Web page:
Chloride is classified as a micronutrient for plant. However, plants actually may take as much of it as they do certain secondary macronutrients.
How can you spot if your plant is deficient in this important micronutrient?
What Does Chloride Deficiency Look Like in Plants?
You’ll want to prevent your plant from having too little chloride. But if it’s too late, you’ll at least want to be able to spot the symptoms. Oftentimes, you will see wilting of your plants’ foliage often with stubby tips. The leaves will become mottled and the leaf’s tip may have chlorosis, or yellowing.
Factors Affecting Chloride Availability
In most situations, chloride is highly soluble and is found dissolved in water. It is found in soil as a Chloride ion. It is a fairly mobile anion.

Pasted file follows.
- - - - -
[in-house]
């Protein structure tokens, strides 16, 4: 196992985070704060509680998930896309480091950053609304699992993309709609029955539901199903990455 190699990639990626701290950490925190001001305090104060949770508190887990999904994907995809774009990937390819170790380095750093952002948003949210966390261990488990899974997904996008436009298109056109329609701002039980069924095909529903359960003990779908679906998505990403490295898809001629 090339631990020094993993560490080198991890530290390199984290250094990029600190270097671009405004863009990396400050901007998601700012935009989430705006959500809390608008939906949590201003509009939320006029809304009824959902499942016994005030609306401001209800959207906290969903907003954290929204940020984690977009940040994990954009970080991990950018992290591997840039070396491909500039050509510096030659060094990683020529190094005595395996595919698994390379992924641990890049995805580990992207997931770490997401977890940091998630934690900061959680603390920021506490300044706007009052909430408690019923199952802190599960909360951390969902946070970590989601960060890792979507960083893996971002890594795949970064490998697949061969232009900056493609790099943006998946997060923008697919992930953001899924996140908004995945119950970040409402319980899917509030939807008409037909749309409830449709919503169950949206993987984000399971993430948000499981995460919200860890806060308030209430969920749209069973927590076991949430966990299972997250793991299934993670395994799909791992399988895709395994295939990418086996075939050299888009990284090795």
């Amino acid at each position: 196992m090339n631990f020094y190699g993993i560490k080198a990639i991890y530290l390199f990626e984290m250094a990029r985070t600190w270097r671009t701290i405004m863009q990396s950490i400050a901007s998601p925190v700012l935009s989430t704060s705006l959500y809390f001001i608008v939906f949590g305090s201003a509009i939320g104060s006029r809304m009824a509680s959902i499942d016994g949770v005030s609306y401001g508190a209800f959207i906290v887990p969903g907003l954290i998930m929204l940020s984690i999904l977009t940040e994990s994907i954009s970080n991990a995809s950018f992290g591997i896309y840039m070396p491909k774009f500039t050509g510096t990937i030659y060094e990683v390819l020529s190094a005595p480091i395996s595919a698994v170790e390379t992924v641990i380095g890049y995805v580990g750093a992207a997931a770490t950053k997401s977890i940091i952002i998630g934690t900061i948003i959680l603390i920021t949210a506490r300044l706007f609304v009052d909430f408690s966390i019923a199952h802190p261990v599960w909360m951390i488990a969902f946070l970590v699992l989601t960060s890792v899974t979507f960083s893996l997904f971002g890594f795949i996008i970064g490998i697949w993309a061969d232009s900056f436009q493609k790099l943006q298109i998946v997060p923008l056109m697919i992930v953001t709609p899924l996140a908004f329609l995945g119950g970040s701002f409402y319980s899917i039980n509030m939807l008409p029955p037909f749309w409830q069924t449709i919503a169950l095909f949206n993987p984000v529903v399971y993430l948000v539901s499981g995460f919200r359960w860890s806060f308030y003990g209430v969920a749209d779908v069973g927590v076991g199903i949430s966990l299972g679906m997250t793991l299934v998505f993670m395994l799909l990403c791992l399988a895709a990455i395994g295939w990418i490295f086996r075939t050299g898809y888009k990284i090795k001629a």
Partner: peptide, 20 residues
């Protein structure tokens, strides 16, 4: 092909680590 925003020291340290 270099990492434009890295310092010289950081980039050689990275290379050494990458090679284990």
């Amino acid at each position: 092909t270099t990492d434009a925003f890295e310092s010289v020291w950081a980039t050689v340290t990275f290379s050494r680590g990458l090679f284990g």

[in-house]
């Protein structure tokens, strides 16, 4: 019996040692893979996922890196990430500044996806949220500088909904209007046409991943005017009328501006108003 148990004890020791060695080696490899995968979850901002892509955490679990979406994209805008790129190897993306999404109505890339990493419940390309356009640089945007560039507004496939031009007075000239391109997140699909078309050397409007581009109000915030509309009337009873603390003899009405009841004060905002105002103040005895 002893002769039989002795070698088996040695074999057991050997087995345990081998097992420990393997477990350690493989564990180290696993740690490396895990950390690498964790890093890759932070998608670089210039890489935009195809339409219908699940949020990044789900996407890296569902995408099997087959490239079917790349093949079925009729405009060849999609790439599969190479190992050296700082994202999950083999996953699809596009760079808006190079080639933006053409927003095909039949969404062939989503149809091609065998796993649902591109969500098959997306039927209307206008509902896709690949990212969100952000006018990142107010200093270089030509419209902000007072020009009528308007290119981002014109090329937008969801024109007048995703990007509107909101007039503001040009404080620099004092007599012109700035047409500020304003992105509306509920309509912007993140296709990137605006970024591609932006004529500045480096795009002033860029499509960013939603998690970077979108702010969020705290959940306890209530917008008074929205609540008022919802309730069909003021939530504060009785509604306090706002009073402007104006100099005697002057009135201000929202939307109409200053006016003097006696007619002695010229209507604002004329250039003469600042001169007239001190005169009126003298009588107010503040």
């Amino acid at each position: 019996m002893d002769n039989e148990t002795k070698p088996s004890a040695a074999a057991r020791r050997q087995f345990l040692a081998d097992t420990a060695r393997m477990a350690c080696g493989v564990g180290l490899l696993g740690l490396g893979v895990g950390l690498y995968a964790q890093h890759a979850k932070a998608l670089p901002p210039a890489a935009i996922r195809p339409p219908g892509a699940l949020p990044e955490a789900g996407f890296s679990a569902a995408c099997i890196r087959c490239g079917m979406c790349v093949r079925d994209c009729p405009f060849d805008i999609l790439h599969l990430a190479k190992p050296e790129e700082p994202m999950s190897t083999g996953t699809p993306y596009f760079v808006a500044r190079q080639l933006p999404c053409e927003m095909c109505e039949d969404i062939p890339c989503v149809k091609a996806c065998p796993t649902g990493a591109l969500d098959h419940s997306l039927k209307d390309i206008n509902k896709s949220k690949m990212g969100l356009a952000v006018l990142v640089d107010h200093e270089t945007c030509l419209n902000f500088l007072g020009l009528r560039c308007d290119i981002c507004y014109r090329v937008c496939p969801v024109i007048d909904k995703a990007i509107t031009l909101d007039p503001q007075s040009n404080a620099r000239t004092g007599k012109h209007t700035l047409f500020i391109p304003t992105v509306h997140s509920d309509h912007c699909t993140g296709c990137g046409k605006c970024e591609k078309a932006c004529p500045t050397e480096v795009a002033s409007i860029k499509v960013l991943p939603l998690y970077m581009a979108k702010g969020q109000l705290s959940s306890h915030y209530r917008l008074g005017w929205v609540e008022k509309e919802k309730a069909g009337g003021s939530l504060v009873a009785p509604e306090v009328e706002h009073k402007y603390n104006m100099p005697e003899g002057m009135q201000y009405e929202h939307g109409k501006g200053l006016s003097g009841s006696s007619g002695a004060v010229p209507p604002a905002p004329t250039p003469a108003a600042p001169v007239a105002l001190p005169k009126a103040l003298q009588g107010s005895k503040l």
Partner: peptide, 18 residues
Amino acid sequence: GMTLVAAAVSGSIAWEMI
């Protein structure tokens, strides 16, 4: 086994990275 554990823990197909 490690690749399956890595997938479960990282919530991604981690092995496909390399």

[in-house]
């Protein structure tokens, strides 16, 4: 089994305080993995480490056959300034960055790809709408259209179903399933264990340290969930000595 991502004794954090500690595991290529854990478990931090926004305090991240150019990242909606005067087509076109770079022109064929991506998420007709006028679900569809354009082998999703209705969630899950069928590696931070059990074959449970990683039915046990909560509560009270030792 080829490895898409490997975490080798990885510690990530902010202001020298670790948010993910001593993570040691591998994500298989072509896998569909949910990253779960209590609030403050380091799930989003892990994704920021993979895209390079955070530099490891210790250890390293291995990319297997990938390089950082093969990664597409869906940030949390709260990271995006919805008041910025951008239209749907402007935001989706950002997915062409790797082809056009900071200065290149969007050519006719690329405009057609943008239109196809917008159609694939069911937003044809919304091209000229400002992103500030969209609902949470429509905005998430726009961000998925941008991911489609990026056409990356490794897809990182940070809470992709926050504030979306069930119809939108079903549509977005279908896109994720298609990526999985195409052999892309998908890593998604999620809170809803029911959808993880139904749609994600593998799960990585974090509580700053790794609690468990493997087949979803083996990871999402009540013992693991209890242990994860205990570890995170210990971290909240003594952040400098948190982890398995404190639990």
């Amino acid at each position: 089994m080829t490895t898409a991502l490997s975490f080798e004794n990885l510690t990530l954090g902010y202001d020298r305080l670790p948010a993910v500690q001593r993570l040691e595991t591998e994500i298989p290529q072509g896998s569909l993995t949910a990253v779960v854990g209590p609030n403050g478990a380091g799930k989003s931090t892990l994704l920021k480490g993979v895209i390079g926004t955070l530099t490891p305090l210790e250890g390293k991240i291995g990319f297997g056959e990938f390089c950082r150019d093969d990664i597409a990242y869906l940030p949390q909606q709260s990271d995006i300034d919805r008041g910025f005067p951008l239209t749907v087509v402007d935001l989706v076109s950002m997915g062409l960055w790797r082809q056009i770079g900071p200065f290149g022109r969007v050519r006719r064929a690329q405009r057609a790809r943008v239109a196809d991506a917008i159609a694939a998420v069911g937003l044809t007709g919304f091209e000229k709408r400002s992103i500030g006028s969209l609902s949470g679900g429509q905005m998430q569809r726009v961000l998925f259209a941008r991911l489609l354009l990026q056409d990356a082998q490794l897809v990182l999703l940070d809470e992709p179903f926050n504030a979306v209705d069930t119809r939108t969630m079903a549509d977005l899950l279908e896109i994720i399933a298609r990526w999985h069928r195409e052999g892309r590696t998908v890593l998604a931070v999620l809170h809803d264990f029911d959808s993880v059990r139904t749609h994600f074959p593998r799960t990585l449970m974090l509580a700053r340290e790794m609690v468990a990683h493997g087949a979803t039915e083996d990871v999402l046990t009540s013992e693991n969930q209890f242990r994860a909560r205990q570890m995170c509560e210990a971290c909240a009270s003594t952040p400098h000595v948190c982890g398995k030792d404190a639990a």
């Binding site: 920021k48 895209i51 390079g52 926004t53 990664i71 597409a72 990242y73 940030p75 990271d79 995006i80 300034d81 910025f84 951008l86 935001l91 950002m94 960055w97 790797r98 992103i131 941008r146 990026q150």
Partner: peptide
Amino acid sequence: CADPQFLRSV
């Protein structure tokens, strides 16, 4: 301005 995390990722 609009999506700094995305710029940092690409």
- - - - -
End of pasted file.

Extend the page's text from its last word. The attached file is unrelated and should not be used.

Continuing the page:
Many nutrients such as chloride, nitrate, sulfate, borate, and molybdate are all anions. As such, they can be antagonistic to each other. If one anion is in excess, it can block the absorption of other anions.
Other Macro and Micronutrients
As you may know, there are many other macronutrients and micronutrients that are important to proper plant growth. The macronutrients is split up into primary macronutrients and secondary macronutrients.
Learn more about each nutrient and how it effects plants so you can properly diagnose any deficiencies in your plants.
I also recommend checking out Earthpod Fertilizer capsules. While you can get the same results with other fertilizers if you’re very diligent with the right N-P-K ratios and other nutrients, these fertilizer capsules help take out a lot of the guess work. Furthermore, they utilize microbe technology to make sure all the macro and micro nutrients are delivered to your plants.